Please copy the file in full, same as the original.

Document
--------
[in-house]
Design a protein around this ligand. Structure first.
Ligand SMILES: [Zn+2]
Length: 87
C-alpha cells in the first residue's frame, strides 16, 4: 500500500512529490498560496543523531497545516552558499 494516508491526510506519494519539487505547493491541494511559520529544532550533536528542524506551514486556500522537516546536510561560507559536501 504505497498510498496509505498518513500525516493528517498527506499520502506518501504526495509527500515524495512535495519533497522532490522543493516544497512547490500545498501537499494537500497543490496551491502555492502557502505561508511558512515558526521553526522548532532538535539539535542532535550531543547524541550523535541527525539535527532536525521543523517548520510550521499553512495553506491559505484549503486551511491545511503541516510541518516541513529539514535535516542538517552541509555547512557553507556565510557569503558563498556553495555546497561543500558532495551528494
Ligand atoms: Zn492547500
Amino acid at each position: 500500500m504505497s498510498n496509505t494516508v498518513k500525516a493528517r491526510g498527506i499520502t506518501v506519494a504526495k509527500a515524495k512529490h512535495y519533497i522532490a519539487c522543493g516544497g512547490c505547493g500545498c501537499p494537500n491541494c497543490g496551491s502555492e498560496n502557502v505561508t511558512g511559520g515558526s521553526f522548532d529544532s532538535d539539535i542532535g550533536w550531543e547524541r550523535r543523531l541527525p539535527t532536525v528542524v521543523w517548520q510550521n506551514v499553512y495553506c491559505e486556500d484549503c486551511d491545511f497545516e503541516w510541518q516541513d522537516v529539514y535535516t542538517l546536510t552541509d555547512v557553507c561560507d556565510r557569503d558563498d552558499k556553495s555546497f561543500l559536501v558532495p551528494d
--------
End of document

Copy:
[in-house]
Design a protein around this ligand. Structure first.
Ligand SMILES: [Zn+2]
Length: 87
C-alpha cells in the first residue's frame, strides 16, 4: 500500500512529490498560496543523531497545516552558499 494516508491526510506519494519539487505547493491541494511559520529544532550533536528542524506551514486556500522537516546536510561560507559536501 504505497498510498496509505498518513500525516493528517498527506499520502506518501504526495509527500515524495512535495519533497522532490522543493516544497512547490500545498501537499494537500497543490496551491502555492502557502505561508511558512515558526521553526522548532532538535539539535542532535550531543547524541550523535541527525539535527532536525521543523517548520510550521499553512495553506491559505484549503486551511491545511503541516510541518516541513529539514535535516542538517552541509555547512557553507556565510557569503558563498556553495555546497561543500558532495551528494
Ligand atoms: Zn492547500
Amino acid at each position: 500500500m504505497s498510498n496509505t494516508v498518513k500525516a493528517r491526510g498527506i499520502t506518501v506519494a504526495k509527500a515524495k512529490h512535495y519533497i522532490a519539487c522543493g516544497g512547490c505547493g500545498c501537499p494537500n491541494c497543490g496551491s502555492e498560496n502557502v505561508t511558512g511559520g515558526s521553526f522548532d529544532s532538535d539539535i542532535g550533536w550531543e547524541r550523535r543523531l541527525p539535527t532536525v528542524v521543523w517548520q510550521n506551514v499553512y495553506c491559505e486556500d484549503c486551511d491545511f497545516e503541516w510541518q516541513d522537516v529539514y535535516t542538517l546536510t552541509d555547512v557553507c561560507d556565510r557569503d558563498d552558499k556553495s555546497f561543500l559536501v558532495p551528494d